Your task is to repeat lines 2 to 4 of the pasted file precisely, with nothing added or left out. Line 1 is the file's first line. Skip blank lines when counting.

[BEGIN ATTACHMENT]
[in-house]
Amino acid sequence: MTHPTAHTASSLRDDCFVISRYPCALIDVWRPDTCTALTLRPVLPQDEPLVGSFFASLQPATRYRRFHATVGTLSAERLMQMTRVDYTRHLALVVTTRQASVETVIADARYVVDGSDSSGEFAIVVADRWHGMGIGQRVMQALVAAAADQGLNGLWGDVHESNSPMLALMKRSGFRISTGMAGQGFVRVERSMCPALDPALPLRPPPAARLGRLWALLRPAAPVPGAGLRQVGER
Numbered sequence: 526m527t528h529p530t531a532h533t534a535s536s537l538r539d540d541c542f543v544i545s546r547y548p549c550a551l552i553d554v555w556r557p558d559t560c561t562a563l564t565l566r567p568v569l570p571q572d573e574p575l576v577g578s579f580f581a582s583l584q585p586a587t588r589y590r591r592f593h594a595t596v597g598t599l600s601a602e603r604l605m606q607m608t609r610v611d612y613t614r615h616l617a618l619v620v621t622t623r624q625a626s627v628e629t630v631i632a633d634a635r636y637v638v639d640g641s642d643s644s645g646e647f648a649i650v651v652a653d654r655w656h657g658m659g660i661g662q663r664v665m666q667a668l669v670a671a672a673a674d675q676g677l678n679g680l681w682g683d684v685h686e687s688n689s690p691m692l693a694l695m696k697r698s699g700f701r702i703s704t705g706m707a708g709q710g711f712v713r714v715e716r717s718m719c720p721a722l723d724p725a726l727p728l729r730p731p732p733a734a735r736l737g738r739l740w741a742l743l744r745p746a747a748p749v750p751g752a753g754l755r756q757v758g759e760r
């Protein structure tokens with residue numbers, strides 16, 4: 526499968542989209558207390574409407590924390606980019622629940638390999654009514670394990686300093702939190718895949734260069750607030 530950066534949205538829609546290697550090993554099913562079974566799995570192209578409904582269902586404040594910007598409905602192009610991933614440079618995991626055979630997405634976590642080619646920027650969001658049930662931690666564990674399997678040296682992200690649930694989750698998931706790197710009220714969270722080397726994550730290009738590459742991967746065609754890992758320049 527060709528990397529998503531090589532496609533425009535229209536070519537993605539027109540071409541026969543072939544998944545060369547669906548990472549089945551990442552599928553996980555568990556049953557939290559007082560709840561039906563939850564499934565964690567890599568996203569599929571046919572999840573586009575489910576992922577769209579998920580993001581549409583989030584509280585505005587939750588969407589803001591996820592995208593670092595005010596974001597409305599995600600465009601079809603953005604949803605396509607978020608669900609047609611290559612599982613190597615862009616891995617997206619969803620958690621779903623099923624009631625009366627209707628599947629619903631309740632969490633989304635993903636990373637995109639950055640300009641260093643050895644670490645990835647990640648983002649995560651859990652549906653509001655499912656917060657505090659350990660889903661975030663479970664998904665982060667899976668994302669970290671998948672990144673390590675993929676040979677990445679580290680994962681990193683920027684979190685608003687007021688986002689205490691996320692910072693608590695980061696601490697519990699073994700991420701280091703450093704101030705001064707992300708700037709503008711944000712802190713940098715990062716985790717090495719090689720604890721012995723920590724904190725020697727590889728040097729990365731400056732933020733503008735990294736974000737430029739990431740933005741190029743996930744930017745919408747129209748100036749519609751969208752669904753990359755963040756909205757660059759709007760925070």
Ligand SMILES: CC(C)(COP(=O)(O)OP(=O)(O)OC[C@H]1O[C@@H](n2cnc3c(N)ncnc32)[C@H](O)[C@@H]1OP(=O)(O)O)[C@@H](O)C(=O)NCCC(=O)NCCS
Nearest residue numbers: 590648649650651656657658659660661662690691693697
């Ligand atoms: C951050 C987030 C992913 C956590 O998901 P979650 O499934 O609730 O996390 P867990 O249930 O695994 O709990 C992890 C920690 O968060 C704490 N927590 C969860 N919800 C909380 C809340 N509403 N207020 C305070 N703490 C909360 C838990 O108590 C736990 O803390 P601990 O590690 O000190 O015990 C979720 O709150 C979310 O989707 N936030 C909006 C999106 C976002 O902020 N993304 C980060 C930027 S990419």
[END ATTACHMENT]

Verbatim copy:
Amino acid sequence: MTHPTAHTASSLRDDCFVISRYPCALIDVWRPDTCTALTLRPVLPQDEPLVGSFFASLQPATRYRRFHATVGTLSAERLMQMTRVDYTRHLALVVTTRQASVETVIADARYVVDGSDSSGEFAIVVADRWHGMGIGQRVMQALVAAAADQGLNGLWGDVHESNSPMLALMKRSGFRISTGMAGQGFVRVERSMCPALDPALPLRPPPAARLGRLWALLRPAAPVPGAGLRQVGER
Numbered sequence: 526m527t528h529p530t531a532h533t534a535s536s537l538r539d540d541c542f543v544i545s546r547y548p549c550a551l552i553d554v555w556r557p558d559t560c561t562a563l564t565l566r567p568v569l570p571q572d573e574p575l576v577g578s579f580f581a582s583l584q585p586a587t588r589y590r591r592f593h594a595t596v597g598t599l600s601a602e603r604l605m606q607m608t609r610v611d612y613t614r615h616l617a618l619v620v621t622t623r624q625a626s627v628e629t630v631i632a633d634a635r636y637v638v639d640g641s642d643s644s645g646e647f648a649i650v651v652a653d654r655w656h657g658m659g660i661g662q663r664v665m666q667a668l669v670a671a672a673a674d675q676g677l678n679g680l681w682g683d684v685h686e687s688n689s690p691m692l693a694l695m696k697r698s699g700f701r702i703s704t705g706m707a708g709q710g711f712v713r714v715e716r717s718m719c720p721a722l723d724p725a726l727p728l729r730p731p732p733a734a735r736l737g738r739l740w741a742l743l744r745p746a747a748p749v750p751g752a753g754l755r756q757v758g759e760r
């Protein structure tokens with residue numbers, strides 16, 4: 526499968542989209558207390574409407590924390606980019622629940638390999654009514670394990686300093702939190718895949734260069750607030 530950066534949205538829609546290697550090993554099913562079974566799995570192209578409904582269902586404040594910007598409905602192009610991933614440079618995991626055979630997405634976590642080619646920027650969001658049930662931690666564990674399997678040296682992200690649930694989750698998931706790197710009220714969270722080397726994550730290009738590459742991967746065609754890992758320049 527060709528990397529998503531090589532496609533425009535229209536070519537993605539027109540071409541026969543072939544998944545060369547669906548990472549089945551990442552599928553996980555568990556049953557939290559007082560709840561039906563939850564499934565964690567890599568996203569599929571046919572999840573586009575489910576992922577769209579998920580993001581549409583989030584509280585505005587939750588969407589803001591996820592995208593670092595005010596974001597409305599995600600465009601079809603953005604949803605396509607978020608669900609047609611290559612599982613190597615862009616891995617997206619969803620958690621779903623099923624009631625009366627209707628599947629619903631309740632969490633989304635993903636990373637995109639950055640300009641260093643050895644670490645990835647990640648983002649995560651859990652549906653509001655499912656917060657505090659350990660889903661975030663479970664998904665982060667899976668994302669970290671998948672990144673390590675993929676040979677990445679580290680994962681990193683920027684979190685608003687007021688986002689205490691996320692910072693608590695980061696601490697519990699073994700991420701280091703450093704101030705001064707992300708700037709503008711944000712802190713940098715990062716985790717090495719090689720604890721012995723920590724904190725020697727590889728040097729990365731400056732933020733503008735990294736974000737430029739990431740933005741190029743996930744930017745919408747129209748100036749519609751969208752669904753990359755963040756909205757660059759709007760925070």